Summary:

Mark Cuban and Avner Ronen met in person for the first time just before their Pay TV vs. Internet debate here at South by Southwest Interact…

HDNet's Mark Cuban & Boxee's Avner Ronen

Mark Cuban and Avner Ronen met in person for the first time just before their Pay TV vs. Internet debate here at South by Southwest Interactive — about 20 minutes before their session was interrupted by a fire alarm. But they argue like a married couple that’s been together for 20 years, complete with sharp barbs. That’s because the debate isn’t new: they started that drill online a year ago and neither has budged as best I can tell — if anything, their attitudes are more entrenched. HD Net founder Cuban believes in subscription TV and sees Ronen, the CEO of Boxee, as representing free-only; Ronen believes TV over the internet is the present — and the future but a la carte. He’s not anti-pay per se — Boxee is working on a pay offering — but anti-establishment TV. Cuban doesn’t see an internet TV business model that works yet.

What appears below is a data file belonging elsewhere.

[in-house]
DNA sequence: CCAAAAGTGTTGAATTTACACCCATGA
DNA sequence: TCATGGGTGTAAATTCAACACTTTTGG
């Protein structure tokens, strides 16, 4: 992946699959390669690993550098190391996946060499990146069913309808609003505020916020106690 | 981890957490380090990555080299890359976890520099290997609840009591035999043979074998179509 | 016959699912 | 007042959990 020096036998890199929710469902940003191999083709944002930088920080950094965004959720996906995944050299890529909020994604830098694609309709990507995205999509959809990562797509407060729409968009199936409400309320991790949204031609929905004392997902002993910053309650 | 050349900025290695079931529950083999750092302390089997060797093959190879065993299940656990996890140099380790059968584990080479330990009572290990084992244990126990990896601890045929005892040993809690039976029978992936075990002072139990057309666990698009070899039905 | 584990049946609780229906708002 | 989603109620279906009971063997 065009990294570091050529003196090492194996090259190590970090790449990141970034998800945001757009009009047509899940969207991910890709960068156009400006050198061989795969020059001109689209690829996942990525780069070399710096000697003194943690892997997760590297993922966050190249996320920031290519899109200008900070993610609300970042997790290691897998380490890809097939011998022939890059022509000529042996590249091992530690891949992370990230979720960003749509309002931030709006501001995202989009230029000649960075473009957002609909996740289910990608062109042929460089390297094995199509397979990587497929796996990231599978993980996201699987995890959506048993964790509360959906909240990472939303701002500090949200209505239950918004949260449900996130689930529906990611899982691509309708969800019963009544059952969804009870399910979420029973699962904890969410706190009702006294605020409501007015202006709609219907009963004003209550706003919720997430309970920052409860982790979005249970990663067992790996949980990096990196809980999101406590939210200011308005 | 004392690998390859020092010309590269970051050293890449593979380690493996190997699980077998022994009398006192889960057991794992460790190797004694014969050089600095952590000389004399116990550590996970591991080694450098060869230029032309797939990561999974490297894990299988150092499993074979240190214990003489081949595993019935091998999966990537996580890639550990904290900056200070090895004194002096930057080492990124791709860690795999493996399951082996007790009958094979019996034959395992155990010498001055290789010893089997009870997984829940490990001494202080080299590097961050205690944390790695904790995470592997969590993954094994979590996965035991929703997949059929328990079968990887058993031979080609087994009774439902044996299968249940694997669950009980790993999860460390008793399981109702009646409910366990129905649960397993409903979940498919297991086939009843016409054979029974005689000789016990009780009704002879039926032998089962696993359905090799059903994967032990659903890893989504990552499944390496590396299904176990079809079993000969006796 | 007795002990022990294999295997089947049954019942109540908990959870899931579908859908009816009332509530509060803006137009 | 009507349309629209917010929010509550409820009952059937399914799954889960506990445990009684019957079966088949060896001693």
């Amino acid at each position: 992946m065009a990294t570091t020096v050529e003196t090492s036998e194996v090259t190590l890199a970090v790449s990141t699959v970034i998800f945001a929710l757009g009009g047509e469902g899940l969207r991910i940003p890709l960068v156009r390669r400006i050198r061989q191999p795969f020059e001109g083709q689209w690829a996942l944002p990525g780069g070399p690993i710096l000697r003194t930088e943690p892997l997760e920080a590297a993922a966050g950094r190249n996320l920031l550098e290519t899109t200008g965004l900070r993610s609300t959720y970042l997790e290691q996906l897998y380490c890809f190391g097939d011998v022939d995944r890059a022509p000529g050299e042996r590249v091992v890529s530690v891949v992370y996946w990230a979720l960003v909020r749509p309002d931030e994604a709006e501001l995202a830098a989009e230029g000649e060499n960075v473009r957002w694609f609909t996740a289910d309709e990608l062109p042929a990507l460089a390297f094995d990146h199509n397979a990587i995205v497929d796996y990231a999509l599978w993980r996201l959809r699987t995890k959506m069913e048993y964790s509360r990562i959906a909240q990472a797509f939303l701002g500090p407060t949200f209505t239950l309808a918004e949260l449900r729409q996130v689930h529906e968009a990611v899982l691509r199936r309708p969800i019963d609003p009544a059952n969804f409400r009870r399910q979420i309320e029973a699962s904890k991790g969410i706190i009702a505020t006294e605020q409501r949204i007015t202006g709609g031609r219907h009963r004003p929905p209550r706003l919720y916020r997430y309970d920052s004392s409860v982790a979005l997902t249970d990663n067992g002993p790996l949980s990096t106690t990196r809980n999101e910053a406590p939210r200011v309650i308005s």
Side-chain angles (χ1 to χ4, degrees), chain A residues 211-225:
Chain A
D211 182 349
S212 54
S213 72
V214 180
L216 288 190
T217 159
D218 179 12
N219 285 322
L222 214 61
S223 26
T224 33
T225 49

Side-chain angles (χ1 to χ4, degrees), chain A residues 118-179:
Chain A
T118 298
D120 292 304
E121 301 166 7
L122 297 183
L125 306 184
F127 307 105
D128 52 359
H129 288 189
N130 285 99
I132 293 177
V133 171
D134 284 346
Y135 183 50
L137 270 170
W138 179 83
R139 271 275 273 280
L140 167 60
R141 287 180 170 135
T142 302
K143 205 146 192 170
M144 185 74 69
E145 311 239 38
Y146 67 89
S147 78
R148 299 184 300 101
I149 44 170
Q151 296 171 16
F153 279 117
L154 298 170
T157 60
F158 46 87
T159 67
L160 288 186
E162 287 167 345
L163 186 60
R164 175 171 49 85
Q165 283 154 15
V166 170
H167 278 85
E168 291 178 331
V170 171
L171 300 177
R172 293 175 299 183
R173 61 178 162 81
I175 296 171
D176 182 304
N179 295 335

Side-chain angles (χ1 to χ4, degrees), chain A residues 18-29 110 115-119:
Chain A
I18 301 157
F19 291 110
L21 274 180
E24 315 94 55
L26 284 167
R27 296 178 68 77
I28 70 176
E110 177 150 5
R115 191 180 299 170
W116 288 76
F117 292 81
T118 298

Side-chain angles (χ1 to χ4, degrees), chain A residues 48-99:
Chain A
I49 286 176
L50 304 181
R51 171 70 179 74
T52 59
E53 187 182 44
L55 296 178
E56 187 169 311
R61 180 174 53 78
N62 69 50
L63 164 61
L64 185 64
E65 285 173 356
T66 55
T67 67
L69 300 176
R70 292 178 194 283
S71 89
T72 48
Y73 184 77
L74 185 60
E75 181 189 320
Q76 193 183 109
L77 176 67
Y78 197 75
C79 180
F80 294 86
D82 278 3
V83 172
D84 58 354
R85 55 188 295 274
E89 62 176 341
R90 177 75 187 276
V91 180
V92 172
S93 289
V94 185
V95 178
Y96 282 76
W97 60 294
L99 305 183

“If you’re counting on the internet replacing cable, you’re crazy,” says Cuban; Ronen posits it as generational — if you”re 50 with HD, you’re comfortable the way things are; if you’re 23 and getting your first apartment, you see things differently. Cuban doesn’t see the same possibility of making money from TV online; he’d rather get small amounts — when he can — from multichannel distributors.

Ronen on Redbox: “You’re already going to the supermarket to pick up condoms and you’re picking up the movie.”

Cuban: “When you’re in an a la carte universe, the cost of marketing goes through the roof.”

Let’s make a deal: But he told Ronen: “If you offer me $3 a sub for all million of your subs, I’ll do it.” Ronen replied, “If I bring you a deal that pays you three bucks a sub …” Cuban reminded him it would take a guarantee. Ronen asked if he would do with a guarantee. Cuban said yes and offered him the same as the HD Net rate card: “You take rate card for a half-million subs and you’ve got a deal.”

Who’s the man: A former DirecTV (NYSE: DTV) subscriber talked about dropping the service because he got tired of paying “the man” for bad service. Cuban: “What Avner’s saying is he wants to be the man.” Ronen: “Boxee is an open source project .. if we’re becoming the man, if we’re trying to get too greedy” someone else can come in.

Update: Thinking about this one after the fact, Cuban came across (ego and all) as the one more willing to accept change as long as it’s accompanied by pay and Ronen as the one with more to prove.

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